Present: Anthony, Julia, Jenny, Bob (Jenny’s Dad)
I should really of known better.
I was naïve to think that when Jenny invited me to going caving with her it was to strengthen the father-daughter bond or to enable me to gaze in awe and wonder on geological formations. The motive was, of course, revenge. Apparently, when I had taken her climbing all those years ago I had been less than sympathetic when she had to abseil and when she had to make scary traverses. I had thought that they had been character building experiences that had contributed to making Jenny the caring, considerate, sympathetic and charming young lady that she is today. (This is meant ironically – fairly obvious to anyone who has met Jenny for more than a few moments I would have thought).
I arrived at White Walls caving hut on Saturday evening. It was not dissimilar from how I remember climbing huts. There was Julia, Anthony, Andrew, Tom and Jenny from Durham (past and present) and some cavers from Cambridge. However, unlike when climbers meet, there didn’t seem to be any point scoring going on. There was some discussion of how Jenny and Tom got lost in their cave or, rather, how the description they were following did not exactly match the route they completed. I have to say I did not find this very reassuring. My big mistake though was to read the guide. Now I know caving guides, like climbing guides, are dual purpose. They are written to be read before doing the cave so you know where to go, and to be read after the cave to relive the adventure. Thus the descriptions tend to be over egged. This helps you get psyched up before and to feel good after. Now the description for Ogof Draenen had me a bit worried. There were just too many words like ‘crawl’, ‘wet’ and ‘squeeze’.
Any way Sunday dawned bright and clear and so Julia, Anthony, Jenny and I set off. Eventually we arrived at the cave entrance. Now I have to admit that I was expecting a fairly substantial hole in the ground perhaps a bit smaller than the entrance to Peak Cavern in Derbyshire, but not much. You can imagine how disappointed I was to be confronted with a small metal door secured with a combination lock. The number was tried. No luck. Jenny and Anthony were sure that there were two numbers in a particular order. All the possible combinations were tried. Still no luck. Then all the possible combinations of the four numbers were tried. Still it would not open. It is only right that I should confess the negative thoughts that went through my mind at this stage which were as follows: thank God I don’t have to go in there, the drive back to the hut will take some time so we will have to go down an easy cave. Anthony, being the experienced member of the group, literally hit upon the solution. He hit the lock with a rock and it opened.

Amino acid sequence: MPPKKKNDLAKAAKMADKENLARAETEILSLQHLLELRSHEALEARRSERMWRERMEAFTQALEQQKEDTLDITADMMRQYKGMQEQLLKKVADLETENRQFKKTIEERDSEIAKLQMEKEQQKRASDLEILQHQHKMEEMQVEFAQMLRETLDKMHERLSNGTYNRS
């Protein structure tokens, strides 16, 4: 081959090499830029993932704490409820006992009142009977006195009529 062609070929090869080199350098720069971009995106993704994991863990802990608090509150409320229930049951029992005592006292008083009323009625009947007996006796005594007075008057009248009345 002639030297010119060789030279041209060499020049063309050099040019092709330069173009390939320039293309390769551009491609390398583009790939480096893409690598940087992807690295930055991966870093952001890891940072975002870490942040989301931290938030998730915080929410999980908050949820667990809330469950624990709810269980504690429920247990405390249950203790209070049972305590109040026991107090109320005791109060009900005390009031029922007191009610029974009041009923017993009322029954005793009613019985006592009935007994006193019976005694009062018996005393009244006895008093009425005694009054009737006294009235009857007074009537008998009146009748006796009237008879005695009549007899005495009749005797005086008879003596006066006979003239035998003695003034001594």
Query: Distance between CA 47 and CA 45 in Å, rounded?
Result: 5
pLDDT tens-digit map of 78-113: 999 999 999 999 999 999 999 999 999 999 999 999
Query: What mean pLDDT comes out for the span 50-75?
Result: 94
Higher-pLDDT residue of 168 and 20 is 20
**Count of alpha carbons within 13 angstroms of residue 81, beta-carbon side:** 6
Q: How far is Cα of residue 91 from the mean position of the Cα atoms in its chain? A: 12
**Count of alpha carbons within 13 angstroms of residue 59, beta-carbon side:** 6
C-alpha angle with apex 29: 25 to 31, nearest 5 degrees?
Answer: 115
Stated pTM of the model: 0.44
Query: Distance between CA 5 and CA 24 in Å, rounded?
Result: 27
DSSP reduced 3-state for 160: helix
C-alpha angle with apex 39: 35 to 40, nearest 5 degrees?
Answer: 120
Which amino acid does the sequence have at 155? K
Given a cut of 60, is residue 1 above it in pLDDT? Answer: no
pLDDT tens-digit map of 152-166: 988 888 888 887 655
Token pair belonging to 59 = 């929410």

Anthony and Julia entered the cave. It was now my turn. This was where my troubles really began. Perhaps you know the entrance. From my perspective it was a decidedly tight crawl. I was OK as long as I had part of legs or even just my feet outside. As soon as I was actually in the cave my stomach churned and for the first time for many years I knew what blind fear meant. I had to retreat out of the entrance to calm myself down. To cut a long story short, eventually I suppressed my whimpishness and crawled the short distance to where I could stand up. I achieved this mainly due to Julia shining her light back to me and giving words of encouragement. The next half hour was not the most pleasant of my life. There was a descent down scaffolding which was relatively easy, some wet crawling and, for me, a tight squeeze. At last the passage opened up and we could walk upright. The experience became more enjoyable. The straw like stalactites were truly amazing as were the stalagmites and other formations. I could say we turned back all too soon but that would not be true. I was, in fact, quite looking forward to getting out of the cave. I was assured by Jenny that all the crawls would seem much bigger on the way back. And they did. I was mightily pleased to see daylight again. Now I can understand why the Pope kisses I must, at this point, thank Julia, Anthony and Jenny for been so tolerant of my whimpishness and for encouraging me throughout the expedition.
As I write this two weeks after the event I can still see very vividly the entrance to the cave and my stomach twitches just ever so slightly.
Still, Jenny assures me that the first time is always the worst, that it will all seem easy the next time and that SRT is just like climbing so I’ll find it easy. Why am I not totally convinced?